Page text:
Most runners never give a lot of thought about the way they lace their running shoes. We just take new shoes out of the box as they are, tie them as we always have, and head out the door for our run.
And yet, traditional tie laces offer an abundance of creative lace-pattern opportunities that can address all sorts of issues runners face. A shoe’s fit is almost infinitely customizable. By fine-tuning the feel of our most essential piece of gear, we can often eradicate the irritating problems that may otherwise plague our weary feet.
Here are three different shoelace “hacks” to help you nip common runner woes in the bud.
Problem #1: Your heels are slipping, leading to raw skin or even blisters on the backs of your heels.
Solution: Heel lock
If you’re struggling with heel slippage or blisters on the backs of your feet, it’s time to enlist the secret weapon of running shoes: their extra lacing eyelets (the holes in the upper that the laces are threaded through).
Most shoes come with an extra set of eyelets around the ankle. By re-threading the laces through this additional, “higher” eyelet, you can more effectively lock in your heels.
Or, for the ultimate heel lock, create a lace loop on each side of the shoe by looping the laces through both eyelets at the ankle, then through the opposite lace’s loop before tying as usual, as shown here.
Problem #2: You have high arches or are experiencing pain on the tops of your feet.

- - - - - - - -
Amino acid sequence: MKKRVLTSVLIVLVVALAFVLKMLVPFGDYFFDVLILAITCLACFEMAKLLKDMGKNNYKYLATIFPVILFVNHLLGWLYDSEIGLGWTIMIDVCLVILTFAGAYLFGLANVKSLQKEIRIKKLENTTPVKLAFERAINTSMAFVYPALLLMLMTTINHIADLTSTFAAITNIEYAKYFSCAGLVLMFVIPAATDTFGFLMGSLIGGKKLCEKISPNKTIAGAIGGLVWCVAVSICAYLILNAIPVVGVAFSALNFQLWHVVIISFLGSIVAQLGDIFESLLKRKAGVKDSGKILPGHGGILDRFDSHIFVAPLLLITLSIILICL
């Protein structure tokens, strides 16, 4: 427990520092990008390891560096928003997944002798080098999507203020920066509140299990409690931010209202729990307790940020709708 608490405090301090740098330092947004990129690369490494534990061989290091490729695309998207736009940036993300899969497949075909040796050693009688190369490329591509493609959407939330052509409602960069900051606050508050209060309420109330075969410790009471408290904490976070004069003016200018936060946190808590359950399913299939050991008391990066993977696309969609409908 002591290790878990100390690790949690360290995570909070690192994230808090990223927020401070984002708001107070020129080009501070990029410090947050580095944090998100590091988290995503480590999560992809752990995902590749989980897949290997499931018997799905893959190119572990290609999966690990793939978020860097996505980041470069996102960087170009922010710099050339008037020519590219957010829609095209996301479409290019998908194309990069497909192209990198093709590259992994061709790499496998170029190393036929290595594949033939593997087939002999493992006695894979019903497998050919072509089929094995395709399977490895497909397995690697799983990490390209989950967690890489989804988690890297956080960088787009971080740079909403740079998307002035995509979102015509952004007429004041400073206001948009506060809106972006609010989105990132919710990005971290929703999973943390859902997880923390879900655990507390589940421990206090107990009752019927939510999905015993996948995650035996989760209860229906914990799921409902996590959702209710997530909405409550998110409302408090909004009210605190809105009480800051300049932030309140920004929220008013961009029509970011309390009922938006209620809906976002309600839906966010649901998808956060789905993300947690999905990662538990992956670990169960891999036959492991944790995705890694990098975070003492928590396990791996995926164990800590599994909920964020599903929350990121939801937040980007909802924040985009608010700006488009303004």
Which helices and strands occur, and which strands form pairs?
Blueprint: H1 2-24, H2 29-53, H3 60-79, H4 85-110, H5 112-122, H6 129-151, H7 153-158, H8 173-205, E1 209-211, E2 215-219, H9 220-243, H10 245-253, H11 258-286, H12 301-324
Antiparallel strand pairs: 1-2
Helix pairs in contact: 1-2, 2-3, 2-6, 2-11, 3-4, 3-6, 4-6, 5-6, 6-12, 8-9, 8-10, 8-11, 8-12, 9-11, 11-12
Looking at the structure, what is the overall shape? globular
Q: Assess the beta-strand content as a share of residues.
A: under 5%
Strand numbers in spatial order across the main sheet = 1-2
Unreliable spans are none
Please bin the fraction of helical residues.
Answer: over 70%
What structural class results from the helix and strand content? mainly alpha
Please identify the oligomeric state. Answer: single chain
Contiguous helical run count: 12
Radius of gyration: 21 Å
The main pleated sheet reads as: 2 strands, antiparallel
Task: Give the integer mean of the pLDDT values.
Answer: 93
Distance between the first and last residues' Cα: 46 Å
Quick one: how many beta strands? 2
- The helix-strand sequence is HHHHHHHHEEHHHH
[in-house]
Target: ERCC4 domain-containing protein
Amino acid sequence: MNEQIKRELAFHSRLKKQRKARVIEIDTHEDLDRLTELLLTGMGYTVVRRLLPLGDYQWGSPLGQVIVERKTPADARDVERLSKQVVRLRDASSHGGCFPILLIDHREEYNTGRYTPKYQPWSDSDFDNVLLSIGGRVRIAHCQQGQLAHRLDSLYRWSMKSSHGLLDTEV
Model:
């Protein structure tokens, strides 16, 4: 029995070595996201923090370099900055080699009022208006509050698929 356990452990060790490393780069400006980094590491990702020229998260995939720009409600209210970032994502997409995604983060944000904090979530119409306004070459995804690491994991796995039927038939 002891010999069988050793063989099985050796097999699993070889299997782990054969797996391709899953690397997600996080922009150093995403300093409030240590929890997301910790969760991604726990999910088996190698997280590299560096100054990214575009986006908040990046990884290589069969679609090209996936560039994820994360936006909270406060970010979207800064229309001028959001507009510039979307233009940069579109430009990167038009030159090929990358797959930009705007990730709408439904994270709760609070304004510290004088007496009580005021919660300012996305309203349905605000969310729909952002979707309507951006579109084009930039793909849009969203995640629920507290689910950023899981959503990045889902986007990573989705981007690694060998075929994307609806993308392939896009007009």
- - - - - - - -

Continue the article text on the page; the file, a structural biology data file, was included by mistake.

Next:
Solution: Skip a Set of Eyelets
The traditional criss-cross lace pattern can sometimes create pressure points on top of the feet, especially if you have higher arches. If this is the case for you, experiment with skipping a criss-cross set of eyelets in the area where you’re experiencing pain.
This creates some breathing space in that region and reduces the pressure of laces cutting directly across the tops of your feet in the problem zone. Skipping a set of eyelets lower down on the shoe can also be a good solution for those with wider feet who may need a bit more breathing room in the toebox.
Problem #3: You have wide feet or your toes are getting crunched.
Solution: Alternative Diagonal Lacing
This wonky-looking lacing pattern is a great way to keep wider feet happy in a shoe that otherwise feels narrow or constricting, especially in the toebox or through the midfoot.
Because our feet tend to swell the more time we spend on them (especially when running long distances!), switching to this lacing pattern midway through a race or long training run can also be a great way to accommodate that swelling. Be aware that because this is generally a looser lacing pattern, it may not be the best choice for maximizing control on technical terrain or steep, sustained downhills. But it is especially good for flatter terrain or the later miles in an ultra when your pace may have slowed considerably. At that point in your run it can be a great boon in terms of comfort.